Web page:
On the way down to Houston, we had a less than full airplane.  That meant we had an empty seat between us, and Avy had it all to herself.  What a blessing that was! She got to stand, bounce, crawl, and get all her wigglies out.  Usually planes are packed to the nines, so I realize this is a rare occasion.  But if you do happen to see an empty seat, sweet talk your stewardess to see if there's any way you can be placed in that row.

Hello Houston!  We made it through Avy's first flight with literally no problems!

6. Keep your wipes, bum cream, and diapers close at hand

On our way down to Costa Rica, I had a perfectly packed carry-on bag just for Avy. It contained ten to fifteen impeccably packed diapers all in a row, wipes, cream, bottles, snacks, toys, a blanket, a change of clothes, a spit-up towel and more.  It was perfect.  And then we got onto the plane and it was too large to go under the seat, so we had to put it in the overhead compartment, and basically we never saw it again until landing.  I lie: we pulled it out twice.  Once we needed it for a diaper change, and the second time we grabbed her snacks and a bottle for landing.  It was a total pain, since we had a stranger sitting on the aisle seat, and she liked to sleep through her flights.  We felt so disruptive and rude, although the lady was great and completely understanding.

My impeccably packed carry-on... it just didn't fit under the seat.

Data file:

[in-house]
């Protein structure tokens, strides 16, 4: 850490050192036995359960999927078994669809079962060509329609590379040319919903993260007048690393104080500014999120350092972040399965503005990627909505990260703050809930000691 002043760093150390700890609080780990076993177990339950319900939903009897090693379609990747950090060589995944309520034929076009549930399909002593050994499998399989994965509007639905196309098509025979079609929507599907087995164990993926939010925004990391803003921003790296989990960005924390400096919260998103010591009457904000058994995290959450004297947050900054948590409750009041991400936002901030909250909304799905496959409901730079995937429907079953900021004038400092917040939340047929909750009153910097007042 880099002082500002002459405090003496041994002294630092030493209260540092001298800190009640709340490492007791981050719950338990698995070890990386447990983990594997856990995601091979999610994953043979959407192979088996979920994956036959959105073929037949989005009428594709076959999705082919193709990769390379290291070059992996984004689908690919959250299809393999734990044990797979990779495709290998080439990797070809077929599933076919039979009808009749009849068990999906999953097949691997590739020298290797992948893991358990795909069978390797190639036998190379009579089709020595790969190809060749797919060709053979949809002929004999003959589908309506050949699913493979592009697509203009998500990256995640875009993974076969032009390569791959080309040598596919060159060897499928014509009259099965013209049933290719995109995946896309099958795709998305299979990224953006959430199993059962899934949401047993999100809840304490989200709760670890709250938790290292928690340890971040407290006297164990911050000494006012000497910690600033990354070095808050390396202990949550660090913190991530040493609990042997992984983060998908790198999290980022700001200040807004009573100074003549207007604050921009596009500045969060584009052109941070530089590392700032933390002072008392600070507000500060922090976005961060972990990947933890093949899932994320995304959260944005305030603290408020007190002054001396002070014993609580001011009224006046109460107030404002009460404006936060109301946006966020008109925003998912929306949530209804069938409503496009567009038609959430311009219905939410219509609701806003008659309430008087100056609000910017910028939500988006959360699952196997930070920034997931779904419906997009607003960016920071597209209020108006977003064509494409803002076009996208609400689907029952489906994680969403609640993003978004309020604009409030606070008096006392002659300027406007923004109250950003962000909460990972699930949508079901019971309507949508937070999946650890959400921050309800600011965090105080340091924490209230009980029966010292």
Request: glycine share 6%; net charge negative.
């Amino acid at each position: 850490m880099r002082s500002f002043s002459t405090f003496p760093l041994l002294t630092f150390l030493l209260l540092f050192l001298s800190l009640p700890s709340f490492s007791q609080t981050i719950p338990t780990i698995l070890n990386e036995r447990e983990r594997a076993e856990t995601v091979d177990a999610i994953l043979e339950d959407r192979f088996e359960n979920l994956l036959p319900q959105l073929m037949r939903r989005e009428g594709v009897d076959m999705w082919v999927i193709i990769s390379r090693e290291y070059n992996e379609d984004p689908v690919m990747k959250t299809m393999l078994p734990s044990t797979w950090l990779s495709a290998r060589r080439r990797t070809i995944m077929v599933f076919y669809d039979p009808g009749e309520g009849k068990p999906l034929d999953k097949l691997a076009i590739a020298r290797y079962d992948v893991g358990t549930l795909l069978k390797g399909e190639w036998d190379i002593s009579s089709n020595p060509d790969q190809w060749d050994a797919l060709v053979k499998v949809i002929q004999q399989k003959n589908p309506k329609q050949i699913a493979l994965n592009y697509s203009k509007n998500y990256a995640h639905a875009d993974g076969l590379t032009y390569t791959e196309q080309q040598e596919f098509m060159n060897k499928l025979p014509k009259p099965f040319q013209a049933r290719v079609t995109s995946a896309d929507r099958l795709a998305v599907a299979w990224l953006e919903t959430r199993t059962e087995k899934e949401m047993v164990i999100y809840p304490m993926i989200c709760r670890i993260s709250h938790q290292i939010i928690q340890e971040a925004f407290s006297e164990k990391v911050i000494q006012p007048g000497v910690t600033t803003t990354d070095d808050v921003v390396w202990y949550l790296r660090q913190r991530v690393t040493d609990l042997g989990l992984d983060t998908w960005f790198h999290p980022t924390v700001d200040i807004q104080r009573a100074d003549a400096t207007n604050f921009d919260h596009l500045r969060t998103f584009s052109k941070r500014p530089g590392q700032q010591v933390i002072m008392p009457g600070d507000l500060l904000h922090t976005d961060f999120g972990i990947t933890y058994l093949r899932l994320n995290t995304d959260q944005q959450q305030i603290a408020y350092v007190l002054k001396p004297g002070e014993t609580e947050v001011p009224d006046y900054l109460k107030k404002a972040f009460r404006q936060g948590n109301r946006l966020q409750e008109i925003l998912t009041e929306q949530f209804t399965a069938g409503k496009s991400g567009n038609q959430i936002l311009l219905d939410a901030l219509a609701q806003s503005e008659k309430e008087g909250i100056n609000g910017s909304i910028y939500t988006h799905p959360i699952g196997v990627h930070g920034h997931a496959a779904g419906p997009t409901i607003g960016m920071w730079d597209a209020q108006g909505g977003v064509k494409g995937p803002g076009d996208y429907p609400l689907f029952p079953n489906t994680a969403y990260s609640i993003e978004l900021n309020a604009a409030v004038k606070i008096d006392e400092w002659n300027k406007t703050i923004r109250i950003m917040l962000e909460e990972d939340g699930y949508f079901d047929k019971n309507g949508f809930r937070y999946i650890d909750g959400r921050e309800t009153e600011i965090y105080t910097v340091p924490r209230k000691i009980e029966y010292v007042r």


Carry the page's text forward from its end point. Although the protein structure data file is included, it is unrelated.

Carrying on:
I learned my lesson and on the way home, I packed Avy's diapers, cream, wipes, bottles, snacks, and a couple of toys in my oversized purse carry-on, and slipped it under the seat in front of me.  So much easier!  Everything was on-hand, accessible, and we didn't have to disturb anyone. If you think you'll need it during your flight, keep it in a bag that can be stored under the seat. Anything else, including random emergency supplies (like an extra change of clothes for blow-outs) can go up top, since you might not need to use them.


Those are my top tips. Avy was a great traveler, which makes me hopeful that we can have many more family vacations like this one without too much stress. It was surprisingly easy to fly with a baby, and the only bump we ever had was when my travel-sized shampoo exploded in my carry-on (luckily it was in a plastic bag).

Our first family vacation was a success!  

Do you have any other 'flying with baby' tips?  Please share them in the comments below!